While the 45 saw the fruition of Clarke’s obscurity masterplan, sending him tumbling resoundingly into the popvoid, it’s hardly a huge step away from the type of synth-pop ballad which was delivering Top Ten singles for him only a couple of years earlier. Quinn, singing in the same mid-Atlantic croon which was much-favoured by the lead singers of every Scottish band at the time – from Hipsway, Goodbye Mr Mackenzie and Love And Money to Lloyd Cole and Edwyn Collins – adds a touch of heartbroken, world-weary pathos to the typically cool, but twinkly, electronic backing.

Written by Clarke with the duo Morgan-McVey (who, years later, would go on to spawn what became Neneh Cherry‘s Buffalo Stance) Lyrically, it sounds like an early draft of Somewhere from West Side Story, while stylistically its acoustic guitar mimicking synth strum anticipates the shimmering elegance of one of Erasure’s finest moments to come, the sublime Ship Of Fools.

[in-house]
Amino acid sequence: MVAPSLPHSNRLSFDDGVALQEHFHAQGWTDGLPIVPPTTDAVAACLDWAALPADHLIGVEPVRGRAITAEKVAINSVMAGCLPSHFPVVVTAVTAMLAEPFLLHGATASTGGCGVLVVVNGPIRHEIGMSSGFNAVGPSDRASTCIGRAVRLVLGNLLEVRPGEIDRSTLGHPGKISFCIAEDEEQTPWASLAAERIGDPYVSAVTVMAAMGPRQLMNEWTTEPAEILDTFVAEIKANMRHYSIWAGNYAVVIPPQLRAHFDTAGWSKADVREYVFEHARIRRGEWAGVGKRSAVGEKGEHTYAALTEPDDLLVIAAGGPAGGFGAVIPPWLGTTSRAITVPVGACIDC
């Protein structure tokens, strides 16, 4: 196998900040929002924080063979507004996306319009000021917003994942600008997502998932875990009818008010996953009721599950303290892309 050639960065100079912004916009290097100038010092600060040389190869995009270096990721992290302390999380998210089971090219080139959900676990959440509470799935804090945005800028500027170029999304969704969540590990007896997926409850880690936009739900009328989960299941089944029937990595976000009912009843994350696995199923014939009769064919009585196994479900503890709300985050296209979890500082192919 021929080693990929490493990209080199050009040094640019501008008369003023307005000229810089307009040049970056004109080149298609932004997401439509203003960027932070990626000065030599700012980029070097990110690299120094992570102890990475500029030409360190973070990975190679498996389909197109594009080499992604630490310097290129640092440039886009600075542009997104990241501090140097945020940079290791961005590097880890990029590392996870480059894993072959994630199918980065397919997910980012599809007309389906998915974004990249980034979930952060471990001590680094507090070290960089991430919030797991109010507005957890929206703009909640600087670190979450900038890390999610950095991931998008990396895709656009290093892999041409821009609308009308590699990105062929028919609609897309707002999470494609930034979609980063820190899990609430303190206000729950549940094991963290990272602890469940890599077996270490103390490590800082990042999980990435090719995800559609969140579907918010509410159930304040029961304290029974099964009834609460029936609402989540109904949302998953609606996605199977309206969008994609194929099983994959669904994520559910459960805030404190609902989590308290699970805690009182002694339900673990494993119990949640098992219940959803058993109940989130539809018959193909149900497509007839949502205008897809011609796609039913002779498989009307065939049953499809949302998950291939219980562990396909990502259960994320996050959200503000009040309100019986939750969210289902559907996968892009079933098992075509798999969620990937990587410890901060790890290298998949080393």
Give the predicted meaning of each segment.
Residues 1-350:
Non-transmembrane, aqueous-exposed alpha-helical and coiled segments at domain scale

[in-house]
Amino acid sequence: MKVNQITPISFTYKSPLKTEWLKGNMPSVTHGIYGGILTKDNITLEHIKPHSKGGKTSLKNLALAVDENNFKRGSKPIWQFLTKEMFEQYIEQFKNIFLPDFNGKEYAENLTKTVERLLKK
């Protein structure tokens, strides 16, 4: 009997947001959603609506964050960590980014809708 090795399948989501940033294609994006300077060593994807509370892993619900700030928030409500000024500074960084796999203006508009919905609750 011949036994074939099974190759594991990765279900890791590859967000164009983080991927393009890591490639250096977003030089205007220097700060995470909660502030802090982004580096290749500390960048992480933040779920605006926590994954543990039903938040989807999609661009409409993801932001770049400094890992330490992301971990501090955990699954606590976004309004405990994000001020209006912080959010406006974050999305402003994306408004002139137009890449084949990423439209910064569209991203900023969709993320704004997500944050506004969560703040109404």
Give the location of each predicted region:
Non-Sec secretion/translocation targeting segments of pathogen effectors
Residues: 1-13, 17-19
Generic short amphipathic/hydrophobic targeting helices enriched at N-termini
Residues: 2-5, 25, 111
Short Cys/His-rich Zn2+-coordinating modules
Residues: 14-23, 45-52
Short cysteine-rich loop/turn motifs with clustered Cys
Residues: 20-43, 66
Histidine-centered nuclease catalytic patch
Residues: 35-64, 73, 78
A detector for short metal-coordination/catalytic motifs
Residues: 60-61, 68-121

It’s fairly clear Vince didn’t really like the view from the bottom rung of the pop ladder and unsurprisingly, following an anonymous ad placed in Melody Maker delivering him Andy Bell, he soon found a more stable and considerably more commercial outlet for his pop confections with Erasure. But, in what then looks like the worst possible case of pop karma and a ‘careful what you wish for’ two-fingered “f*ck you” from The Pop Gods, the first three Erasure singles – despite being uniformly brilliant – all failed to break the UK top 40 singles chart.

It seems ridiculous now to think of Oh L’amour floundering at No. 85, allowing a Dollar cover to steal their thunder and prompting a whole generation of ill-informed pop fans to assume the Erasure recording was one of the few examples of a cover version being superior to the original. Of course, it was merely a temporary setback and following Sometimes (No. 2 in December 1986), Erasure went on to enjoy a two decade-long unbroken run of Top 40 singles.

What are the lessons we take away from Vince Clarke’s attempts to manipulate pop fate? Firstly, Clarke, it seems, is virtually incapable of creating anything less than pop perfection – even when he’s trying his hardest not to, oh, and secondly, never trust anything a Scottish art student tells you about his record collection.

Stewart Allan

Liked it? Take a second to support Steve Pafford on Patreon!
Become a patron at Patreon!

We use cookies to give you the best experience. Cookie Policy